Post Divorce Issues | After The Fight

Congratulations! You have successfully settled your domestic case, avoided trial, and gotten divorced at a final hearing. Many parties feel a great sense of relief at this moment after the stressful litigation process comes to an end.

“So I’m done, right?”

Like so many answers in the legal field the answer starts with a “wellllll, maybe.”

First, you are not officially divorced until your Divorce Decree is signed by the judge and filed with the Clerk of Court. If your case has been settled for some time, then this will often happen the same day. But, if you settle on the day of trial, your attorney probably has not had an opportunity to prepare the written divorce decree. As such, it could be up to a month or more before the order is filed and you are officially divorced.

Second, most marital settlement agreements include provisions for the division of assets, including bank accounts, retirement accounts, real property, etc. Some of these assets are easier to divide than others.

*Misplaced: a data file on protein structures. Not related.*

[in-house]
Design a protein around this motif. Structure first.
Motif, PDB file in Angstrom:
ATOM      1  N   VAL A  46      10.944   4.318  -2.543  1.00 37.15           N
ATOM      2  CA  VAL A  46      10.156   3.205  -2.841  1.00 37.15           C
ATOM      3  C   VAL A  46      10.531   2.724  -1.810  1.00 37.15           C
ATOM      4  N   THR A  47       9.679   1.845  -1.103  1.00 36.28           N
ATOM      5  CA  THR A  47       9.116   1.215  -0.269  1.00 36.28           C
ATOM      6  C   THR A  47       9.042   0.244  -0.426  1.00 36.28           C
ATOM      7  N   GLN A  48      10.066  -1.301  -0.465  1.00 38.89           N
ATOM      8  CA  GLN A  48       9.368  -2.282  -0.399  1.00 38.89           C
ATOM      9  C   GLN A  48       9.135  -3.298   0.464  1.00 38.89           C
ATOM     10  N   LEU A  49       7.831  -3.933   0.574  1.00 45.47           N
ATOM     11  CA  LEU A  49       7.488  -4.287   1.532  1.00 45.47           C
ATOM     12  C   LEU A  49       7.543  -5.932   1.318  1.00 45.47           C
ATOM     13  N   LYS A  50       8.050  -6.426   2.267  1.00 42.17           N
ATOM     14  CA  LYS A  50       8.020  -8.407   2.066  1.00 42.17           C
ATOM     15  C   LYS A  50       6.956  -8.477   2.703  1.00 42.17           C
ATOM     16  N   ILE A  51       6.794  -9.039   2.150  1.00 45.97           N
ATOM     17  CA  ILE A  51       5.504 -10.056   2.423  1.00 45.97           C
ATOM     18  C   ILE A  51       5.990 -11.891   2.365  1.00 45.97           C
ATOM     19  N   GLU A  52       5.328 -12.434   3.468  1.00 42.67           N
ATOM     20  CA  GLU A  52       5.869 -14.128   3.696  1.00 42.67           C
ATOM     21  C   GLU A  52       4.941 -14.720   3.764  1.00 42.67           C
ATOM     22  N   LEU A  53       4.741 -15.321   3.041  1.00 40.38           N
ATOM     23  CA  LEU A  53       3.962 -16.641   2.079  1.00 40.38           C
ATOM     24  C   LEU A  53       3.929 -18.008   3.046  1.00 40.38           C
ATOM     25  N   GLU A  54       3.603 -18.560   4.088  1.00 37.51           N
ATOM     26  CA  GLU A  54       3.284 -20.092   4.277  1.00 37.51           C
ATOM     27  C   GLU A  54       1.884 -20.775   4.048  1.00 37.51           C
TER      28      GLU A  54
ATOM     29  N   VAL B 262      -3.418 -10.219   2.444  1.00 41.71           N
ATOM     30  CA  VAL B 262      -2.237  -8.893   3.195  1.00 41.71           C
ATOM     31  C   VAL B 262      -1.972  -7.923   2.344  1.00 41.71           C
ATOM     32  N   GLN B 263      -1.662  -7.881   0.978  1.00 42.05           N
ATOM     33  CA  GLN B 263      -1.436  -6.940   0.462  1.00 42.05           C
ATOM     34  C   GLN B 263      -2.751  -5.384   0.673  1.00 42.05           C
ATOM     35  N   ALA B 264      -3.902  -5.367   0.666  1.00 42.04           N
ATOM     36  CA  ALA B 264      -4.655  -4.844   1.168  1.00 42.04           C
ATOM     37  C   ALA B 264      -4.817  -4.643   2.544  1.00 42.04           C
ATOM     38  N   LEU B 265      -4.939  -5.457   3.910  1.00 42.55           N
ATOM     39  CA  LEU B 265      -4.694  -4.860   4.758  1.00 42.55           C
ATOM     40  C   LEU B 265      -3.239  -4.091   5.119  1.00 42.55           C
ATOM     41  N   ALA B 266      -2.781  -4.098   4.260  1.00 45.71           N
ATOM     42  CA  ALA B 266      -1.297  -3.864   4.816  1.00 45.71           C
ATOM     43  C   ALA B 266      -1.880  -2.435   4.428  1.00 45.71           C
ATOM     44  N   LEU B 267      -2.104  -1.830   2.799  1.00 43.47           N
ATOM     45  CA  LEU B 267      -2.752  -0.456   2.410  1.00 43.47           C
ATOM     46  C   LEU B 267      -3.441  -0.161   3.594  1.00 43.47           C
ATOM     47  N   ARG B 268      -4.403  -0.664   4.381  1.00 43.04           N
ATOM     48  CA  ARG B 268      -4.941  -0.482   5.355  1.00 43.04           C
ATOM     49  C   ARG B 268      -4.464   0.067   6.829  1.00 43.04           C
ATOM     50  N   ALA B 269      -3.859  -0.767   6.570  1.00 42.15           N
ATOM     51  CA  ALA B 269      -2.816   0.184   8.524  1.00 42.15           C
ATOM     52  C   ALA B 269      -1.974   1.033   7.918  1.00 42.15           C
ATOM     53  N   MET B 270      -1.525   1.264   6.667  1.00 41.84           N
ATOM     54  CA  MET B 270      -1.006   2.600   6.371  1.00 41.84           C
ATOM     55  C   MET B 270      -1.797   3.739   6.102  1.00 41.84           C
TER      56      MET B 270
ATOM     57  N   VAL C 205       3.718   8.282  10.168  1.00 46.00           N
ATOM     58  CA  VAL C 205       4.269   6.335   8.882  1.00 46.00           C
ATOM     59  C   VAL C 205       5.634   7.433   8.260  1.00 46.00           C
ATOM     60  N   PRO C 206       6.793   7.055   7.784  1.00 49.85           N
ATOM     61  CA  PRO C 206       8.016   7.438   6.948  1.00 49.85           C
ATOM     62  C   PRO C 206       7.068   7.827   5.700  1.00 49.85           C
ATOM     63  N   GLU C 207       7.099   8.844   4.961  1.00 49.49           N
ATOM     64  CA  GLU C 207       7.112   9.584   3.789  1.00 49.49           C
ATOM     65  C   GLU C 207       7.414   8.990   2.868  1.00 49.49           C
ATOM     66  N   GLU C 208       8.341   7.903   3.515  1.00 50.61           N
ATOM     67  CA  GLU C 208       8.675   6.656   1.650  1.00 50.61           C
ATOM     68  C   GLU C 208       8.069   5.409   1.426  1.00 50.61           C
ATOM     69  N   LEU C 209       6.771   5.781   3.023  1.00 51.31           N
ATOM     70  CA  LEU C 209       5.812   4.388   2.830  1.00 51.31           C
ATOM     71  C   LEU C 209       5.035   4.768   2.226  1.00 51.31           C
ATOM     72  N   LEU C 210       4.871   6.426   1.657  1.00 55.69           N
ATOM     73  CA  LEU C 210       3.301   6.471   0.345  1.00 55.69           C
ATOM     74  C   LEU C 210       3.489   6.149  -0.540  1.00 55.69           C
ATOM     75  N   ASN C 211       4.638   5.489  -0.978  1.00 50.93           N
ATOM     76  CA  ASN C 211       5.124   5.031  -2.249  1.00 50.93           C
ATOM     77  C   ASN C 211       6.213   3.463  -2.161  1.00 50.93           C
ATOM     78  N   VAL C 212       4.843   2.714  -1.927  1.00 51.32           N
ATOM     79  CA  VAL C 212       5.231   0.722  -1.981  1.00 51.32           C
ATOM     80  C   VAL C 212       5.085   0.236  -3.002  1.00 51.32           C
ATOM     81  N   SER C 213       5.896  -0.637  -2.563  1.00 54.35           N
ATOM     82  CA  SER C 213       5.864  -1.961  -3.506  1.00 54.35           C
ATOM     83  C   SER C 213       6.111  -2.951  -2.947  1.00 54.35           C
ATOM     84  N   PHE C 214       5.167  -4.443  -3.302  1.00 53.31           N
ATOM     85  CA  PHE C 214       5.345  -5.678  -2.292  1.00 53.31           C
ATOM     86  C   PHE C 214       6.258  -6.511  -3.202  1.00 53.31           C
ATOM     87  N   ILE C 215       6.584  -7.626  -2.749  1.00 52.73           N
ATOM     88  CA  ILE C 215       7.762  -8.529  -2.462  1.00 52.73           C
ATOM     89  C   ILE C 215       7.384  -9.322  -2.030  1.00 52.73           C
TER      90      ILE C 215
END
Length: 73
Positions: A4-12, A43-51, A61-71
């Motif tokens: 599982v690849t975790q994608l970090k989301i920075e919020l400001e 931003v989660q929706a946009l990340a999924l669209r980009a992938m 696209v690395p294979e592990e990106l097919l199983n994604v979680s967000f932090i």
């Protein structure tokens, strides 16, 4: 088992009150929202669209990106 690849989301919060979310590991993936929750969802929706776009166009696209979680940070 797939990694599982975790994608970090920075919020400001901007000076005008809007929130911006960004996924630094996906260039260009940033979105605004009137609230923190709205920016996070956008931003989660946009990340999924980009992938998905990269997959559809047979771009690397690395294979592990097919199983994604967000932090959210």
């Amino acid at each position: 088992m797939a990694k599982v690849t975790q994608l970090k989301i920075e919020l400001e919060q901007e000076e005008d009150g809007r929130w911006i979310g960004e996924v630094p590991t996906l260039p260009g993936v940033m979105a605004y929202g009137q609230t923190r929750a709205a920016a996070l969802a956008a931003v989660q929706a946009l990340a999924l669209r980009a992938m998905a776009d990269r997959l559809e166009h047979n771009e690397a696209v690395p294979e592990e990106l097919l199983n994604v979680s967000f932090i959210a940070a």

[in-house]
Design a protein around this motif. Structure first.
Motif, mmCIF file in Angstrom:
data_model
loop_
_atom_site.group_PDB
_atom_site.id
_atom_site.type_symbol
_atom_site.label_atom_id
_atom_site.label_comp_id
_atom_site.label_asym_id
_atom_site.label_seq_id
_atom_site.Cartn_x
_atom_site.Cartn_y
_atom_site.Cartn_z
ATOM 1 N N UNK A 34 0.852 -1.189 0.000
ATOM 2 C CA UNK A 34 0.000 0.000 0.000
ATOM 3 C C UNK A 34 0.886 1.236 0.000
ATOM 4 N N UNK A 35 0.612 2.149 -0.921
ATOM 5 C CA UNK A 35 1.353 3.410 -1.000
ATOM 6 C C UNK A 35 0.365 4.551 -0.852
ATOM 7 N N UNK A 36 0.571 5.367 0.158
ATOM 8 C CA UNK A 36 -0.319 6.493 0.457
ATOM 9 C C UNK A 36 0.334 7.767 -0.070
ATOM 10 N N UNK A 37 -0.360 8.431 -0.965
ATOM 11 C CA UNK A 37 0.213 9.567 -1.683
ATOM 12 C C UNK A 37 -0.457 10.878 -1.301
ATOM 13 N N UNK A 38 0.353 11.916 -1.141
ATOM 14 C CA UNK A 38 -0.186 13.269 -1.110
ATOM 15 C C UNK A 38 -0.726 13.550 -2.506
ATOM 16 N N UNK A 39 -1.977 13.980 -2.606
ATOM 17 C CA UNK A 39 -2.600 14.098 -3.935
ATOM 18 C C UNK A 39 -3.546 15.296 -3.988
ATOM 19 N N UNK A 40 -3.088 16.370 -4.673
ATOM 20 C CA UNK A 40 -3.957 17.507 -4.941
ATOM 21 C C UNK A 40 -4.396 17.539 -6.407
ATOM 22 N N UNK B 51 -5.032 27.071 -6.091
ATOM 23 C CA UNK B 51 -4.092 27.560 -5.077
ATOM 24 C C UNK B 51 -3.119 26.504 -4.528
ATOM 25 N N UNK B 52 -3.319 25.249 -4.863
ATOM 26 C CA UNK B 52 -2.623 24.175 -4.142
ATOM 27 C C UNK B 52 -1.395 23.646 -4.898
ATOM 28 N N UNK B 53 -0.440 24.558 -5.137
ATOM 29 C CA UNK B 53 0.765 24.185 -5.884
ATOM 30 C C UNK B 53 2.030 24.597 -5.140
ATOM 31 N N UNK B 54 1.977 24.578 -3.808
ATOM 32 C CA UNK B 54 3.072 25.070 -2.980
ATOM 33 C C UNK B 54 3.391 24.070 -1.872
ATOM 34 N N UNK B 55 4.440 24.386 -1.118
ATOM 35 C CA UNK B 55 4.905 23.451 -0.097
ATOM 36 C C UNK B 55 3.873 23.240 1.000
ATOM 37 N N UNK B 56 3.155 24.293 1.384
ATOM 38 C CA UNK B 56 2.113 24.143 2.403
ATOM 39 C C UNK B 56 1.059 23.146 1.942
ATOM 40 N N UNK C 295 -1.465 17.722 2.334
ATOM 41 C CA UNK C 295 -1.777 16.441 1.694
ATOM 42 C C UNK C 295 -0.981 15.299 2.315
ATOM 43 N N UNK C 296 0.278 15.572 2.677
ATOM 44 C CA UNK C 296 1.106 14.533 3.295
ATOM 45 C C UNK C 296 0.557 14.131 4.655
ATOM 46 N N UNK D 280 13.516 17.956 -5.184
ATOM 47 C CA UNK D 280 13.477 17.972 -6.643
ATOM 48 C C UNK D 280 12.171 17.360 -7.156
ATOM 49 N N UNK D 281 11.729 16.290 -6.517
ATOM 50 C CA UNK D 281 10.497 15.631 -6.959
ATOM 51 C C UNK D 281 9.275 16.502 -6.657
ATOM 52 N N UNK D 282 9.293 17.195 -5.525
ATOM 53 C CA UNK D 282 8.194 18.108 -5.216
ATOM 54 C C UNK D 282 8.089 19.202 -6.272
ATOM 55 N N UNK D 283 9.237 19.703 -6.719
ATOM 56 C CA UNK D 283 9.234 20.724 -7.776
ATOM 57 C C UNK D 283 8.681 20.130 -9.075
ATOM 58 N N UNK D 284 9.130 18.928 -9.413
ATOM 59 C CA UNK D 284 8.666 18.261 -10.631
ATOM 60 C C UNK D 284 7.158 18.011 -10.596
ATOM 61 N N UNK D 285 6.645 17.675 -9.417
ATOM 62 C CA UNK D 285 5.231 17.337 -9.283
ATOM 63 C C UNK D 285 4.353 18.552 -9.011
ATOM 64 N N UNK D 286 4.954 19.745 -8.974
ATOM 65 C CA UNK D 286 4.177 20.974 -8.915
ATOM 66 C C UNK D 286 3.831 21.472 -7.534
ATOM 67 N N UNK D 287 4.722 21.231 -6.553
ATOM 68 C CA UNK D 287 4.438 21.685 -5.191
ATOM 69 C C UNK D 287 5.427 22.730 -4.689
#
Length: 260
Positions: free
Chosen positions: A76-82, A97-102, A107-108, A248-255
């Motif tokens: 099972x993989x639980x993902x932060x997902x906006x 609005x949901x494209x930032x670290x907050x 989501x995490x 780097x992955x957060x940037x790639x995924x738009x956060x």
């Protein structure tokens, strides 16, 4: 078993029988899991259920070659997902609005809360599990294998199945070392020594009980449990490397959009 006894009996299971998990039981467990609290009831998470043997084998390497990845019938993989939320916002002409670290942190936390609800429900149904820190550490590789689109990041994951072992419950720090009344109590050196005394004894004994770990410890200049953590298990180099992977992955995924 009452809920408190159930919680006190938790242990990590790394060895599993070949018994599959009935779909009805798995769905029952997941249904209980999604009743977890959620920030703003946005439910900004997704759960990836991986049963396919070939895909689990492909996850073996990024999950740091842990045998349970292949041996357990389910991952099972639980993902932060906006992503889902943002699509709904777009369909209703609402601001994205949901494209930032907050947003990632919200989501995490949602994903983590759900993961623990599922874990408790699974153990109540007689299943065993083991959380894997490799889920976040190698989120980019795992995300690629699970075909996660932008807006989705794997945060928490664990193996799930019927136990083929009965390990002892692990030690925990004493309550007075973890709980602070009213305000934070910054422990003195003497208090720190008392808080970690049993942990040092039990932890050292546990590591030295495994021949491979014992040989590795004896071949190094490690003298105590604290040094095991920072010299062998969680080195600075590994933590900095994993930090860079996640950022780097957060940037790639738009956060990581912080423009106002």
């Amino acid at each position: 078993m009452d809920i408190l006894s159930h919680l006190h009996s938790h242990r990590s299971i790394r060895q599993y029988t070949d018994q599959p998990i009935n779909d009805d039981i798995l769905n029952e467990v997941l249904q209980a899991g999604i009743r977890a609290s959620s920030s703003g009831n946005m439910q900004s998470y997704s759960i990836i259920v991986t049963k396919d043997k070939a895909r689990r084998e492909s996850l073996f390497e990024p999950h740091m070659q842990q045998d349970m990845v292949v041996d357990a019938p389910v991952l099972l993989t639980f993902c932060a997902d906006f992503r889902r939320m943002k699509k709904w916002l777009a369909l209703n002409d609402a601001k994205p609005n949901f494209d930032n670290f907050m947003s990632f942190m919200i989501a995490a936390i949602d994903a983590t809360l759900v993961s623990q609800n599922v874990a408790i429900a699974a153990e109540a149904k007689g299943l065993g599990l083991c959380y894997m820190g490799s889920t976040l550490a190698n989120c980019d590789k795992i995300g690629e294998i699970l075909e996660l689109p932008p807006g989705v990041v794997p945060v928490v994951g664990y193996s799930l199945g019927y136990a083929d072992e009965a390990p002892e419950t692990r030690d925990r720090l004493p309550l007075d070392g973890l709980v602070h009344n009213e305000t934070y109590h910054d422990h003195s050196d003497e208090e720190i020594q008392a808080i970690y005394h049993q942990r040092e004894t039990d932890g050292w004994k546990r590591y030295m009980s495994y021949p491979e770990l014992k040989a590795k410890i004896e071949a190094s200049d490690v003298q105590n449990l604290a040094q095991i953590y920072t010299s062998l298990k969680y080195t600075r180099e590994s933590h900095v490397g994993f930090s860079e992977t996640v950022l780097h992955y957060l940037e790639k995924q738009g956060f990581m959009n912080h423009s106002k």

For example, it may be necessary to sell the former marital residence or refinance the mortgage encumbering the property to remove your ex-spouses name. Even if this is not part of the agreement, deeds will be necessary to transfer one party’s interest in the house to the other party.

Retirement accounts are another issue. If the agreement divides an ERISA controlled retirement account such as a 401k or a pension plan, then a supplemental order called a qualified domestic relations order or QDRO (pronounced KWAD-ro) is required. This order allows the receiving party to avoid tax consequences usually associated with such a transfer. Further, although most IRAs do not require a QDRO, it might be necessary to prepare and sign transfer documents to divide an IRA.

Finally, you may need to visit your bank with your ex-spouse to close out any joint accounts and transfer the funds accordingly. And it may be necessary to divide your personal property such as furniture, dishes, etc.

So, the relief is real. You are done, to a point. But it can often help to have an experienced family law attorney help you clean up after your final hearing.

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